I have been researching hedging plants lately, nothing seemed to be perfect, or if it was, couldn’t get it, or for the amount I need to cover 100ft long fence, an amount of money I can not afford. Then it suddenly struck me why not take some cuttings from my Forsythia. It’s the perfect hedge plant grows quickly, is in full leaf before any other deciduous shrub in the garden. How wonderful it would be to look out and see a whole hedge of bold and beautiful yellow flowers so early in the springtime, much better than the single specimen I have now.
Decided to check the net and see how easy it is to propagate by cuttings. Apparently can be grown from cuttings with extreme ease so long as you choose stems from new growth. Cut a three to six-inch section, and place the end into damp soil, make certain the soil does not dry out to foster rooting. You may also take cuttings of new growth, make them between 12 to 18 in length strip the leaves from lower 6 in portion, put them in a bucket or vase with a little sugar water, top up water on a regular basis, roots should show within about 6 weeks.
Transplant rooted cuttings at any time. However, the transplanting of mature Forsythia plants is best done while the plants are a dormant period in the winter months. So I took about 40 cuttings, it needed to be pruned anyway, they now stand on my deck in a couple of old vases waiting for roots to sprout(hopefully)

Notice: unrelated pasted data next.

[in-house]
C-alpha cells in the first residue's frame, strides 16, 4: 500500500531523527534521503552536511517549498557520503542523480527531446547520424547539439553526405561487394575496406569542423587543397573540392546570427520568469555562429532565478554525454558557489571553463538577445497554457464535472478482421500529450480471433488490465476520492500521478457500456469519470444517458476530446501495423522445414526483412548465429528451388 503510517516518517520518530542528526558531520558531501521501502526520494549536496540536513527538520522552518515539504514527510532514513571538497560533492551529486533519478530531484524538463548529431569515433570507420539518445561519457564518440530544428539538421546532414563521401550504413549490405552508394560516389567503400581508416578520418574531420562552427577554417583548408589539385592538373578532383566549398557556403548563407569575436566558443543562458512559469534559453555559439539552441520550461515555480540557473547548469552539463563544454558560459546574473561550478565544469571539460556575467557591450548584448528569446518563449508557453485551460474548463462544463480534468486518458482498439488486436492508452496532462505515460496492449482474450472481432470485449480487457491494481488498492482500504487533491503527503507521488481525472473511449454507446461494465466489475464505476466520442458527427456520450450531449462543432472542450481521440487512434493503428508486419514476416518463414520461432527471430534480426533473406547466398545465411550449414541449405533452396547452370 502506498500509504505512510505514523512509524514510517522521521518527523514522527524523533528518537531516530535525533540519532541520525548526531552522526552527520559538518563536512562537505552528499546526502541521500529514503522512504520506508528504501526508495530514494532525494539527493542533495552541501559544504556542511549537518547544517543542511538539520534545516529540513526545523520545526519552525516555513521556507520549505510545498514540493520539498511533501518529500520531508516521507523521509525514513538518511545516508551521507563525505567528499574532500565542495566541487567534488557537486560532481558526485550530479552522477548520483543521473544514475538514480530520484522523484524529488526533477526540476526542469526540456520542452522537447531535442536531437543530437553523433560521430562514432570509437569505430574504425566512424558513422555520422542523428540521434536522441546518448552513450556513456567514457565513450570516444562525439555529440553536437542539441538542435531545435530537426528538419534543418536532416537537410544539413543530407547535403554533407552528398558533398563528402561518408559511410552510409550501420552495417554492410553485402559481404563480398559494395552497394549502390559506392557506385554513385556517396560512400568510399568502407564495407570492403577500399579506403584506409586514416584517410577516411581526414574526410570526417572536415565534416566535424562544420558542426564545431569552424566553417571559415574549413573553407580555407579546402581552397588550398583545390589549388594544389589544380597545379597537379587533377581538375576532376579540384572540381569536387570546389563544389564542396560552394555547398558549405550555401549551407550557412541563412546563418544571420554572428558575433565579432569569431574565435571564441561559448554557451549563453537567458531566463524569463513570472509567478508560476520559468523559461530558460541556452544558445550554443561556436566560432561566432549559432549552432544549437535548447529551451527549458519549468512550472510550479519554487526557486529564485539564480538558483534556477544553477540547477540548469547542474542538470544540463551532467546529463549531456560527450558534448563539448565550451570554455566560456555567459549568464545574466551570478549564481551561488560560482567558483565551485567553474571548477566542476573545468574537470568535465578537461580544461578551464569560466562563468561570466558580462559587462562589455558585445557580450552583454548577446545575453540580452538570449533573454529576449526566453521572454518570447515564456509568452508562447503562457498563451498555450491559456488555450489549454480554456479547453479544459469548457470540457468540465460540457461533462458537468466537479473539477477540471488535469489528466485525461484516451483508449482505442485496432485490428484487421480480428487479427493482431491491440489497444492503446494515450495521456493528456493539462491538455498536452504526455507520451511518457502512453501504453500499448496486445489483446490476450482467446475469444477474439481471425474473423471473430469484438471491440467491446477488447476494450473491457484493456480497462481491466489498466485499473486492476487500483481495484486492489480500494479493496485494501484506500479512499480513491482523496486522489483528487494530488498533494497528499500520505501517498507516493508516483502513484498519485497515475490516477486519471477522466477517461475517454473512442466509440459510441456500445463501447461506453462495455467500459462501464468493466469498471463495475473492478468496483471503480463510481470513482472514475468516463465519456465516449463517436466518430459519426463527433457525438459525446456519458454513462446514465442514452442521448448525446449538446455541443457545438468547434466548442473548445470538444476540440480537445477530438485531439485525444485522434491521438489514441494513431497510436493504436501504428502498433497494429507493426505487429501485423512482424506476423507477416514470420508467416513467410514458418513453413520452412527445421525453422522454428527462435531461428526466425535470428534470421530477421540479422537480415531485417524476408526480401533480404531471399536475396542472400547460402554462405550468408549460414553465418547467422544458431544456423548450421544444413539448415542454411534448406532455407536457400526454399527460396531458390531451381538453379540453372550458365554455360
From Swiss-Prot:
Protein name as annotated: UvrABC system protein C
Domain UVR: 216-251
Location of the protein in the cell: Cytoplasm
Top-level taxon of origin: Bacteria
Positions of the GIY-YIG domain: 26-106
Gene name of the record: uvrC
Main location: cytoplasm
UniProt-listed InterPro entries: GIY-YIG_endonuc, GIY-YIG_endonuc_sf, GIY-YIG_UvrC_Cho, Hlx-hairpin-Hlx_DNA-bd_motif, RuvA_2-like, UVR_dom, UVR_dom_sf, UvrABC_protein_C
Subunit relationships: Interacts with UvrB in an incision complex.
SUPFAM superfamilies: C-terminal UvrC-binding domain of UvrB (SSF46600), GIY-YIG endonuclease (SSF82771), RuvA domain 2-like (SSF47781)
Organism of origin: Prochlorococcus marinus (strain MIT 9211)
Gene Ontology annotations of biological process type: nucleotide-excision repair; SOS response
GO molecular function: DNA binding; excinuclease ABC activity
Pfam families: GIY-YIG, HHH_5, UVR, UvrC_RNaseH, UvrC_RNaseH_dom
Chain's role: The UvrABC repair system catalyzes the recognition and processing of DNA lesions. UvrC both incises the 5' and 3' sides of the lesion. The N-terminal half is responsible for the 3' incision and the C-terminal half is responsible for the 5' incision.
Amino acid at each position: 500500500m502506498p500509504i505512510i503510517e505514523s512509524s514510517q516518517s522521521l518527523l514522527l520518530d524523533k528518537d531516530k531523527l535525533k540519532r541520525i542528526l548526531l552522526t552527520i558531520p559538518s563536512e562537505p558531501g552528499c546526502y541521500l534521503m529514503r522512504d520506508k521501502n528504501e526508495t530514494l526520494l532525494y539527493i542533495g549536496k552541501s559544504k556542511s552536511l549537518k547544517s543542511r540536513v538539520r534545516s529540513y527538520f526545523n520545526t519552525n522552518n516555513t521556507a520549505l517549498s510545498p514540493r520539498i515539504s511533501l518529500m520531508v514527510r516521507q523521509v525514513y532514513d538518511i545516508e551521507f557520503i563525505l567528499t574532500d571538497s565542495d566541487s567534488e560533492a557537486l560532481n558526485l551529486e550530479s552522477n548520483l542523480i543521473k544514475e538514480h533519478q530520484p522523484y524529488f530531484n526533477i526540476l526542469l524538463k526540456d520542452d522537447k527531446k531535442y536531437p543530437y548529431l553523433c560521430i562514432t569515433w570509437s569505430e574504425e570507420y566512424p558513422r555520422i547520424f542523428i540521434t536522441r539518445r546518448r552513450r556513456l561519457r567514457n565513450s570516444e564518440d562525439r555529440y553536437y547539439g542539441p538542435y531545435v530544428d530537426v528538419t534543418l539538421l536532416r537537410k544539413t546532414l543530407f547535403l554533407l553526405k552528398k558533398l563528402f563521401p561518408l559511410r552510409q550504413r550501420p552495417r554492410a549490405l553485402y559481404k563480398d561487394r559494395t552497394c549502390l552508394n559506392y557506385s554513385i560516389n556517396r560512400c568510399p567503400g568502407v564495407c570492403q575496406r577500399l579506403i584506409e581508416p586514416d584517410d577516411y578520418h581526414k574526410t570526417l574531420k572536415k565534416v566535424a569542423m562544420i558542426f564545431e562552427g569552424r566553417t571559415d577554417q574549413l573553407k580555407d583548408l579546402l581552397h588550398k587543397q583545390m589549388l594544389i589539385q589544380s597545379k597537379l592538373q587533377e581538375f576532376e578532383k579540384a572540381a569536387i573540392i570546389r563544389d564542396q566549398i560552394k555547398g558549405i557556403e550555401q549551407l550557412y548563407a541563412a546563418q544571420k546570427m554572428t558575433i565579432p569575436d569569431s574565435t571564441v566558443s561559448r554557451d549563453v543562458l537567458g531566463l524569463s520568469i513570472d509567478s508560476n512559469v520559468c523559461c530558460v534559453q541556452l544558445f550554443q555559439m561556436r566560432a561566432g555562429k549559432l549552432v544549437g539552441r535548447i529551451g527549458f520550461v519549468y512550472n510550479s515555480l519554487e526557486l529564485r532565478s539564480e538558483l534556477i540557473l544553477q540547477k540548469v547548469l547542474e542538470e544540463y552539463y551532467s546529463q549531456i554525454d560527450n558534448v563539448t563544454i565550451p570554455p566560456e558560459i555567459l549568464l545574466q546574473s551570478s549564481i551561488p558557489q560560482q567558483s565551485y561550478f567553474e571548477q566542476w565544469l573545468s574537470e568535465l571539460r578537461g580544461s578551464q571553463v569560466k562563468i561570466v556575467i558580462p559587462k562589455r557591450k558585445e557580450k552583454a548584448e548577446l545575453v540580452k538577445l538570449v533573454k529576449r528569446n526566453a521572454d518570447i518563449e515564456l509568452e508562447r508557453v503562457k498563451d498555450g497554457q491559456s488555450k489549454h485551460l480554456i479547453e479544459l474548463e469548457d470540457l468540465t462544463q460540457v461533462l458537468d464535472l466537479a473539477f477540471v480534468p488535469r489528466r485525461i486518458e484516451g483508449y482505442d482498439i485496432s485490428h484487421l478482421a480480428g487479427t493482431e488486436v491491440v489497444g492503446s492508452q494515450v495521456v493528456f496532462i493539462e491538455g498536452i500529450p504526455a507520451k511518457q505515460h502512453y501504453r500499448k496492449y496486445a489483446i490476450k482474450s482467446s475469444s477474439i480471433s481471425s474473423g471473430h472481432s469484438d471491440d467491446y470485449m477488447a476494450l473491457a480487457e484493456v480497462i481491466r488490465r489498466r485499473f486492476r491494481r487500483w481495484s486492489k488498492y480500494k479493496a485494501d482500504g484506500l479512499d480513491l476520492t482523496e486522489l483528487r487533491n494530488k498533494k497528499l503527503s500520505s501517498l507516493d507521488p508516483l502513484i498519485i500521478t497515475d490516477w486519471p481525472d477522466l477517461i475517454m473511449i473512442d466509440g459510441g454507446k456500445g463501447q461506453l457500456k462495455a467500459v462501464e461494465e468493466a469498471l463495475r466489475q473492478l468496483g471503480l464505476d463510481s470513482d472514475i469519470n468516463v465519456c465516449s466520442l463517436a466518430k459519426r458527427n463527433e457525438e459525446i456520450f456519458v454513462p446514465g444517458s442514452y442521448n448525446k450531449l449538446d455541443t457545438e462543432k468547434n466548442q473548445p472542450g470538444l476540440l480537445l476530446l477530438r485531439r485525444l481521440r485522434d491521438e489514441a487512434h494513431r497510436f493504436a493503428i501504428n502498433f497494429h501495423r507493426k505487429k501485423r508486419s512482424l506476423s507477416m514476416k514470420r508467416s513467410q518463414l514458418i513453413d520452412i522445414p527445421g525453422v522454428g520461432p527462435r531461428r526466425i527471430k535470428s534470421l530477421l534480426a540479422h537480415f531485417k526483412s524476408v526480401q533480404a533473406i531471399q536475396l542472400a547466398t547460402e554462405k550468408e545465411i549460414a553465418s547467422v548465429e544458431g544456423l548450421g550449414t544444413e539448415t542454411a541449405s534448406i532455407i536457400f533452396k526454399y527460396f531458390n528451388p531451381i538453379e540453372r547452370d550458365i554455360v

The new pond is coming along nicely, nearly everyone is helping out, we have just about another 6 in to dig, then it should be approx 4ft deep, the older pond is only 3.5 ft, thought we would give it an extra 6 in, occasionally some fish didn’t survive the freeze, but I feel this was more due to the pond thawing and refreezing trapping the fish between layers of ice. The new pond is not going to be anywhere as big as the other 36ft long by about 7ft wide, Just didn’t feel we could face having to dig another hole that big n solid clay, on the surface it will look just as large, but beneath it will be one 11ft x7ft x4ft deep pond in which the fish can over winter with a shallower addition of only a foot in depth connected on the left-hand side, for the fish in summer months and the addition of more water plants, most water plants are marginals and prefer the shallower depths to live in. So I couldn’t have many in the old pond it was too deep.
- Special Thanks to Ricardo Marquez for the lovely photo!